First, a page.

Friends of Aine is New Hampshire’s only nonprofit whose sole mission is to support grieving children, teens and families, and they urgently need volunteers. Now, Friends of Aine operates on Tuesdays and Thursdays out of their center in Manchester.
They’re ready to expand to Wednesdays, which means they’re actively seeking about 25 more volunteers. Currently, Friends of Aine has a volunteer orientation scheduled for Wednesday, February 9, and a full training for facilitators on Saturday, February 19. Visit this link for volunteer information and an application.
The name Friends of Aine comes from Aine, the daughter of co-founders Christine and David Phillips. Aine passed away unexpectedly at age 8. Linda Dinndorf is the Training and Education Coordinator for Friends of Aine. Linda’s daughters were good friends of Aine.
We are the only center in the state that solely does this mission, so we have a large geography to draw from, and people are seeking us out. We find that people are seeking us out from further and further away,” Linda said.
The support groups are for kids ages four to 18 years old and their caregivers. Groups are run by a team of facilitators, and groups are broken up into developmental age groups:
- Littles (ages four to seven)
- Middles (ages eight to 10)
- Tweens (ages 11 to 13)
- Teens (ages 14 to 18)
Adding caregivers, there are at least five groups running nightly, with about 15-20 volunteers on hand for each session.
“Facilitators allow us to do what we do and to do it for free. They’re hugely important to us. They are the ones who provide direct service with our families, our children, our teens, our adults, and they get to know the kids,” Linda said. “They work side by side with them. They help navigate the discussions and work through activities and just develop that rapport with our grieving population, so they’re tremendously important to us.”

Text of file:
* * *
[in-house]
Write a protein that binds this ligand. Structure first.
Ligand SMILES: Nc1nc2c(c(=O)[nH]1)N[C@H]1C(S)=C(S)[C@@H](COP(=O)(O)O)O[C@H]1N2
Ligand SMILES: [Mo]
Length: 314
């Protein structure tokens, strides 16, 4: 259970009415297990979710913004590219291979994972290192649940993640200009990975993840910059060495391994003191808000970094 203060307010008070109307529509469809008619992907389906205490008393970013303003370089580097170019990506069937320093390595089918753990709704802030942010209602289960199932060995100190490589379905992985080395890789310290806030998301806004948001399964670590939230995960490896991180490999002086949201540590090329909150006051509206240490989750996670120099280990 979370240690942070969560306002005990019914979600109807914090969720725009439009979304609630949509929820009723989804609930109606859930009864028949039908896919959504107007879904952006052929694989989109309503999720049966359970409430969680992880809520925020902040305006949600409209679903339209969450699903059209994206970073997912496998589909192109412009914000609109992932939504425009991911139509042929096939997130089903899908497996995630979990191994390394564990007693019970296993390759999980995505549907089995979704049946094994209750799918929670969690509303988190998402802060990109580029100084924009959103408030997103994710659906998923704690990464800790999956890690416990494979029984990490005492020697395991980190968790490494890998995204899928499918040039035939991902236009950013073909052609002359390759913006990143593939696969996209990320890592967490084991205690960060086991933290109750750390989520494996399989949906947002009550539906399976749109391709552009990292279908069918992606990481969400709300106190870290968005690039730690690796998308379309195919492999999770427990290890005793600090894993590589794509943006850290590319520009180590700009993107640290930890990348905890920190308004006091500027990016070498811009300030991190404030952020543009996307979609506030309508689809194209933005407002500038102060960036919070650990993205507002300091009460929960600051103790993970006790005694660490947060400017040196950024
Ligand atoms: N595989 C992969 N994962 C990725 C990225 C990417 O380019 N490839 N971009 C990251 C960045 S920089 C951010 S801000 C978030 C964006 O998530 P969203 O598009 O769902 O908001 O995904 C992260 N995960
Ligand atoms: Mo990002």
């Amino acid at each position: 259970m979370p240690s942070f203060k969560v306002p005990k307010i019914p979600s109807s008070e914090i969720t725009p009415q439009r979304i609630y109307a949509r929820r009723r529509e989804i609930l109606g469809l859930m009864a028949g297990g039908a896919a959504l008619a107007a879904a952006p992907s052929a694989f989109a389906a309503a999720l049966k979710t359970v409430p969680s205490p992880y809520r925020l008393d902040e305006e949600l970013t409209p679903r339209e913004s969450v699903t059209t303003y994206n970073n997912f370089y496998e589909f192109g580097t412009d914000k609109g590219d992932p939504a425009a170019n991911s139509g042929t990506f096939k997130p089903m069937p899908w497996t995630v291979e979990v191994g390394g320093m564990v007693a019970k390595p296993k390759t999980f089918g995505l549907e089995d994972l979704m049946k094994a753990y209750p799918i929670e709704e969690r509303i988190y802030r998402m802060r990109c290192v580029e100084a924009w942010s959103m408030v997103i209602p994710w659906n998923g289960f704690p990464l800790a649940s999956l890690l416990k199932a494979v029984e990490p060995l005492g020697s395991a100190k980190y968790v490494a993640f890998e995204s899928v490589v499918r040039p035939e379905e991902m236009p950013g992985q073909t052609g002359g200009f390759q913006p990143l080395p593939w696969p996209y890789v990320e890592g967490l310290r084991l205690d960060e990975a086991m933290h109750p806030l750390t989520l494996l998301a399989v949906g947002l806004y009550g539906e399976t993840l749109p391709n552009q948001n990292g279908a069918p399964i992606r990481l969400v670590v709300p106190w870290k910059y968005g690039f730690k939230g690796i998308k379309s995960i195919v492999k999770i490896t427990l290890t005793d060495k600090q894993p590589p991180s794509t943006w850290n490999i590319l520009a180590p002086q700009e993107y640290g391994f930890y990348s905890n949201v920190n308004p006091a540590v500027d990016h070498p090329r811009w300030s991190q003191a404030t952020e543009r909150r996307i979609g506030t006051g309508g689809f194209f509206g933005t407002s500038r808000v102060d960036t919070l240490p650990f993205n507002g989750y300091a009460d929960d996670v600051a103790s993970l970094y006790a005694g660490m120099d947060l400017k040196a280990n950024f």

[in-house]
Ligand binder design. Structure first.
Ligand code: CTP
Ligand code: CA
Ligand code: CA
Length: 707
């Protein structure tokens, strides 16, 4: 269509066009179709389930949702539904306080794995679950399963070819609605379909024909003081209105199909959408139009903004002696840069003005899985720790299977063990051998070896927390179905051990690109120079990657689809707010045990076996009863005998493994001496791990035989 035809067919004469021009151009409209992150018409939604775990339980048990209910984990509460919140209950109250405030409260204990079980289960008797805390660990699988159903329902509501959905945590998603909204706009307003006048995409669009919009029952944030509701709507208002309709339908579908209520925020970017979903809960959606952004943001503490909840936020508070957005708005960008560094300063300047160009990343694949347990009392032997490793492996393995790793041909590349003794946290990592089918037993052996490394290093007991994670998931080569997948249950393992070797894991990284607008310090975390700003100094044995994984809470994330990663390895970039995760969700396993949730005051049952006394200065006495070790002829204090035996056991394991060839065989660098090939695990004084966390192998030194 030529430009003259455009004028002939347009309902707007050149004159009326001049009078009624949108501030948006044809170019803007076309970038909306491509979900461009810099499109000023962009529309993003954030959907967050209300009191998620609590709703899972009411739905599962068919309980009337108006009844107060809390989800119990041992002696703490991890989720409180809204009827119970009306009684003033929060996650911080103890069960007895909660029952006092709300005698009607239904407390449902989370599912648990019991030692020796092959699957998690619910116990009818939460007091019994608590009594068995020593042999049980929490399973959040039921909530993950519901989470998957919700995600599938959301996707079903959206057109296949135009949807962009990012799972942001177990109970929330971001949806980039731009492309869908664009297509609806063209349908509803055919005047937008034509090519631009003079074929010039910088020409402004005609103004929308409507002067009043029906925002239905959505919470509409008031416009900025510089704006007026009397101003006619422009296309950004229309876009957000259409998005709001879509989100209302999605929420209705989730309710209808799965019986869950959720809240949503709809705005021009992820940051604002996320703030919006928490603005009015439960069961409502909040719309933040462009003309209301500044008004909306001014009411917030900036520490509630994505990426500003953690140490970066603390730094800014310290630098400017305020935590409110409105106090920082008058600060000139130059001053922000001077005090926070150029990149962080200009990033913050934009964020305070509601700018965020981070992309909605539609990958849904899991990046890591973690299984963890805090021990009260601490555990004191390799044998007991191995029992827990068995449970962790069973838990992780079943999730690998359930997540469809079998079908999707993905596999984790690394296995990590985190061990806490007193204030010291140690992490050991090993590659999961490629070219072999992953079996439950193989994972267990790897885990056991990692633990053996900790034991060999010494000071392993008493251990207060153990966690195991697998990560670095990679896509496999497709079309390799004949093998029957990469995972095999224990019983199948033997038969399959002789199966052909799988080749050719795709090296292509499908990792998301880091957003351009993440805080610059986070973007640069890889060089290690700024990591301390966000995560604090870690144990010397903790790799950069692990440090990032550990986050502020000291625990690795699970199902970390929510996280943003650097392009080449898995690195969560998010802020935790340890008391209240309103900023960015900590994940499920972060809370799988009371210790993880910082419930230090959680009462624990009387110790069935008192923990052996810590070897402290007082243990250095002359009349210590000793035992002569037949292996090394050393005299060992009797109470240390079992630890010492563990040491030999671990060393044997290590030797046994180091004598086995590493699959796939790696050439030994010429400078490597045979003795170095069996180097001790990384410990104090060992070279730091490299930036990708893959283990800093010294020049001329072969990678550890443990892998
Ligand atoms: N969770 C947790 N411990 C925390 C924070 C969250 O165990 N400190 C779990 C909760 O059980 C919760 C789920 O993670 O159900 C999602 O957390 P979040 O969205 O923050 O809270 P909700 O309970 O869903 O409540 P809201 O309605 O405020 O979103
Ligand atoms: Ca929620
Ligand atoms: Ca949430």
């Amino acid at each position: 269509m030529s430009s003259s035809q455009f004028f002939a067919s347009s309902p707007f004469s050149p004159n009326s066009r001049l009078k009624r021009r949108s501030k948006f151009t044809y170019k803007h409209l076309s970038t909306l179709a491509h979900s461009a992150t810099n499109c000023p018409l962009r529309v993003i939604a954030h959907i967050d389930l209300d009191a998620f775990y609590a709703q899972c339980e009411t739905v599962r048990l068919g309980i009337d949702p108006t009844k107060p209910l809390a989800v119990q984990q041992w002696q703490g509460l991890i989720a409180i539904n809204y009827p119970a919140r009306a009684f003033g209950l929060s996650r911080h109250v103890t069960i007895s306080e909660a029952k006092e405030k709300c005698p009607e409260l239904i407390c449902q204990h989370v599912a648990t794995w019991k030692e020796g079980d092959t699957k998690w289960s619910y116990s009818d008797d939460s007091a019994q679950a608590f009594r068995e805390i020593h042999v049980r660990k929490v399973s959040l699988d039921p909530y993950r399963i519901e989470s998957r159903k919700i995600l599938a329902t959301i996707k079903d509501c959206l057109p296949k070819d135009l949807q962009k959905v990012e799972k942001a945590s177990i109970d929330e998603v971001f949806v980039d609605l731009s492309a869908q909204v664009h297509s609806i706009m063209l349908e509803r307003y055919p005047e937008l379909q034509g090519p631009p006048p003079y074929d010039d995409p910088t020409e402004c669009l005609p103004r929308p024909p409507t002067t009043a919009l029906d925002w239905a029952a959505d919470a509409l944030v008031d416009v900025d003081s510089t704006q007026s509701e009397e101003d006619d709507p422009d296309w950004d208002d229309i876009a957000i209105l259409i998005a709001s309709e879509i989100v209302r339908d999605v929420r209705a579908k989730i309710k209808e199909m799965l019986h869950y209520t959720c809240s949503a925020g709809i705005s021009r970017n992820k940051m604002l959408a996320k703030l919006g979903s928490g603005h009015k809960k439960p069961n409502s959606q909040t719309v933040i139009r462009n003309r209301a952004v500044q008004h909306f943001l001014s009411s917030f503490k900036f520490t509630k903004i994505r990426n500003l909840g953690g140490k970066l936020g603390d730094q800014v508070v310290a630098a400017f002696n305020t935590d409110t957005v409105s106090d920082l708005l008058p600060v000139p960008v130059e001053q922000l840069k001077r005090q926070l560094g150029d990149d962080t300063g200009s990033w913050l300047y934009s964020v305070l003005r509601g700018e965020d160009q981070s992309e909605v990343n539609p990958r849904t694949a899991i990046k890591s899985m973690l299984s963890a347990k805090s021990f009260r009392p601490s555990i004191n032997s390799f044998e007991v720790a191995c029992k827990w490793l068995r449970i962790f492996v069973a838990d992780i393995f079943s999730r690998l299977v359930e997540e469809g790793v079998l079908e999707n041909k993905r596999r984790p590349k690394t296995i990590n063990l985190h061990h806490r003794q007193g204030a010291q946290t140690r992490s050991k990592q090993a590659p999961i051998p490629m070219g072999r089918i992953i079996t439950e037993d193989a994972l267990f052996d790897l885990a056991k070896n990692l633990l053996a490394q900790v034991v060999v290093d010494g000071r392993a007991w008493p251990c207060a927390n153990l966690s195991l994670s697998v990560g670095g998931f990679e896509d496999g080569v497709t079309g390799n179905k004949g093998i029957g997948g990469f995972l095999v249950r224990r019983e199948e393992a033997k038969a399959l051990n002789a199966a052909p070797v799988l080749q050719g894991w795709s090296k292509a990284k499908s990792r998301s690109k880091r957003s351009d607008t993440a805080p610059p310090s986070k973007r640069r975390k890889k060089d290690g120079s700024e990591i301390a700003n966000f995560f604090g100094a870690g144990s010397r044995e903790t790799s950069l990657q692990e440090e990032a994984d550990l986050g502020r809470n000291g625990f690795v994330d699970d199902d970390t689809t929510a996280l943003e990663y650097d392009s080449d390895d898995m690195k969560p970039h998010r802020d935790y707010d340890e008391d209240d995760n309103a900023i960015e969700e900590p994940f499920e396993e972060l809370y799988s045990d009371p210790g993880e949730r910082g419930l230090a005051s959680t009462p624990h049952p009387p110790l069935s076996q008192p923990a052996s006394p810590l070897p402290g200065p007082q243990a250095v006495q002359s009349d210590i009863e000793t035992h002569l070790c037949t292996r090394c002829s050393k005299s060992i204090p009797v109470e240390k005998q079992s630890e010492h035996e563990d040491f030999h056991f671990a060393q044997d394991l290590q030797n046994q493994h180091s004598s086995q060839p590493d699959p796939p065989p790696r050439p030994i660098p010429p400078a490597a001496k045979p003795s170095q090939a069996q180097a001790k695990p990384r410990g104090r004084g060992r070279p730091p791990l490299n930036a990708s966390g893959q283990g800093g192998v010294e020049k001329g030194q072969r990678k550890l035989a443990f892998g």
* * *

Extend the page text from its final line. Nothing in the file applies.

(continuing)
Aside from facilitators, ambassador volunteers help organize the logistics of the house and make sure everybody goes where they need to be. Attendance is taken, snacks are given out, etc.
Each meeting has a topic or theme, and each group covers through different types of interactions. Facilitators adapt the material and the topic to their group. Children might play games. Adults might have more of a conversation. There’s a closing ceremony at each meeting. Then, facilitators gather together for a debrief.
The pandemic doesn’t diminish the need
“What we learned during the pandemic is we need to be flexible and work with our community of grieving people and to meet them where they’re at. But to do it in the safest way possible. So far, we’ve had a tremendous team willing to work with us in different scenarios: indoors, outdoors, on Zoom,” Linda said.
What makes an ideal volunteer?
“Someone who’s passionate about the work we do. Someone who just wants to make a difference in the lives of children and teens and families. Many of our volunteers have personal grief experiences. You don’t have to have one to be a volunteer, but you definitely need to be someone who can empathize with someone who has been through those experiences and to be willing to talk about it and engage in it,” Linda said.
Linda is generally the first point of contact for volunteers and she’s very upfront and open about the work the group does. Part of the training involves observation so volunteers see how sessions work so they feel completely comfortable in the role.
“Our volunteers tend to be people who really like what they do, and they talk positively about it. They bring somebody else in and it kind of goes on like that. I think that word of mouth may be our best source of advertising. We have people who just come through the facility and say, ‘Oh my gosh, what a nice environment. I know somebody who might want to do this work,’” Linda said.
Reach out to Linda and Friends of Aine here to become a volunteer.